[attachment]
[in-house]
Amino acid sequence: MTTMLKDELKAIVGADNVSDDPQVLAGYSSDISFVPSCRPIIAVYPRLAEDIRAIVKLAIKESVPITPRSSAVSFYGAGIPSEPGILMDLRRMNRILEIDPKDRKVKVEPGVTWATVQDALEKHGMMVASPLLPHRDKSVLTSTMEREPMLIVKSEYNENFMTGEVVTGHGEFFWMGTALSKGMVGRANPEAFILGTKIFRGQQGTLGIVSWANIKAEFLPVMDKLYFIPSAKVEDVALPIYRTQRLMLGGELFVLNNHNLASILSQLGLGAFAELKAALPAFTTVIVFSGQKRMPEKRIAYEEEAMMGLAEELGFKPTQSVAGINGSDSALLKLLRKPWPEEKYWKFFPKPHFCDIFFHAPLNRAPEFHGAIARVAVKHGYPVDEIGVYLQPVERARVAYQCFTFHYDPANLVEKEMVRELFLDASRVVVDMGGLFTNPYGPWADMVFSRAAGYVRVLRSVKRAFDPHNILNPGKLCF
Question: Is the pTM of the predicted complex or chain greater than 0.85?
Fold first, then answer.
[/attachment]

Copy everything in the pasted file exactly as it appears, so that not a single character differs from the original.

[in-house]
Amino acid sequence: MTTMLKDELKAIVGADNVSDDPQVLAGYSSDISFVPSCRPIIAVYPRLAEDIRAIVKLAIKESVPITPRSSAVSFYGAGIPSEPGILMDLRRMNRILEIDPKDRKVKVEPGVTWATVQDALEKHGMMVASPLLPHRDKSVLTSTMEREPMLIVKSEYNENFMTGEVVTGHGEFFWMGTALSKGMVGRANPEAFILGTKIFRGQQGTLGIVSWANIKAEFLPVMDKLYFIPSAKVEDVALPIYRTQRLMLGGELFVLNNHNLASILSQLGLGAFAELKAALPAFTTVIVFSGQKRMPEKRIAYEEEAMMGLAEELGFKPTQSVAGINGSDSALLKLLRKPWPEEKYWKFFPKPHFCDIFFHAPLNRAPEFHGAIARVAVKHGYPVDEIGVYLQPVERARVAYQCFTFHYDPANLVEKEMVRELFLDASRVVVDMGGLFTNPYGPWADMVFSRAAGYVRVLRSVKRAFDPHNILNPGKLCF
Question: Is the pTM of the predicted complex or chain greater than 0.85?
Fold first, then answer.